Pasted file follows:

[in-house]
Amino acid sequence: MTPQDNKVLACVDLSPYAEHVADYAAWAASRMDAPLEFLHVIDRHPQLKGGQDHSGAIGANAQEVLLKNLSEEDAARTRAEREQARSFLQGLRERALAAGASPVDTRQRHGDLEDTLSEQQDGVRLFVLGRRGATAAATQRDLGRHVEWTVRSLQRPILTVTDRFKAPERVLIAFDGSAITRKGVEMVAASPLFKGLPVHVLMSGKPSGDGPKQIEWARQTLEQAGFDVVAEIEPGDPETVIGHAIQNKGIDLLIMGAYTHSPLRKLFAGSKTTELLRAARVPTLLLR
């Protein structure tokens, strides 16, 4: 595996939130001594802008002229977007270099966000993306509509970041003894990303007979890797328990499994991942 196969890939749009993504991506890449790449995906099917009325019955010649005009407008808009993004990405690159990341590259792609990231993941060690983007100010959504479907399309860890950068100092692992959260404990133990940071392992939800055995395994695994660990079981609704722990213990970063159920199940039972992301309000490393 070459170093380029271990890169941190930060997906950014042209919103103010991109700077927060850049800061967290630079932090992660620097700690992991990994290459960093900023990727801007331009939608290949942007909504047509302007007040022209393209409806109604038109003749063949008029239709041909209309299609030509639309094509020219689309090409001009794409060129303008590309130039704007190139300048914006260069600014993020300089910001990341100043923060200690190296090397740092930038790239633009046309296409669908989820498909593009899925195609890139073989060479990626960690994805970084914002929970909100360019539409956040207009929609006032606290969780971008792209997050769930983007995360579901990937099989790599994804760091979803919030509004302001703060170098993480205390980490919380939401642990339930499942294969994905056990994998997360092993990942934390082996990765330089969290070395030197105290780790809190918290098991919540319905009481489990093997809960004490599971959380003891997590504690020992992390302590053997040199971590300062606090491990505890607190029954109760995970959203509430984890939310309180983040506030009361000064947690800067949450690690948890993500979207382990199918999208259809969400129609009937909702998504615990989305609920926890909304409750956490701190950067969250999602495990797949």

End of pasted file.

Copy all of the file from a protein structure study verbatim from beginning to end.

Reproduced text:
[in-house]
Amino acid sequence: MTPQDNKVLACVDLSPYAEHVADYAAWAASRMDAPLEFLHVIDRHPQLKGGQDHSGAIGANAQEVLLKNLSEEDAARTRAEREQARSFLQGLRERALAAGASPVDTRQRHGDLEDTLSEQQDGVRLFVLGRRGATAAATQRDLGRHVEWTVRSLQRPILTVTDRFKAPERVLIAFDGSAITRKGVEMVAASPLFKGLPVHVLMSGKPSGDGPKQIEWARQTLEQAGFDVVAEIEPGDPETVIGHAIQNKGIDLLIMGAYTHSPLRKLFAGSKTTELLRAARVPTLLLR
């Protein structure tokens, strides 16, 4: 595996939130001594802008002229977007270099966000993306509509970041003894990303007979890797328990499994991942 196969890939749009993504991506890449790449995906099917009325019955010649005009407008808009993004990405690159990341590259792609990231993941060690983007100010959504479907399309860890950068100092692992959260404990133990940071392992939800055995395994695994660990079981609704722990213990970063159920199940039972992301309000490393 070459170093380029271990890169941190930060997906950014042209919103103010991109700077927060850049800061967290630079932090992660620097700690992991990994290459960093900023990727801007331009939608290949942007909504047509302007007040022209393209409806109604038109003749063949008029239709041909209309299609030509639309094509020219689309090409001009794409060129303008590309130039704007190139300048914006260069600014993020300089910001990341100043923060200690190296090397740092930038790239633009046309296409669908989820498909593009899925195609890139073989060479990626960690994805970084914002929970909100360019539409956040207009929609006032606290969780971008792209997050769930983007995360579901990937099989790599994804760091979803919030509004302001703060170098993480205390980490919380939401642990339930499942294969994905056990994998997360092993990942934390082996990765330089969290070395030197105290780790809190918290098991919540319905009481489990093997809960004490599971959380003891997590504690020992992390302590053997040199971590300062606090491990505890607190029954109760995970959203509430984890939310309180983040506030009361000064947690800067949450690690948890993500979207382990199918999208259809969400129609009937909702998504615990989305609920926890909304409750956490701190950067969250999602495990797949």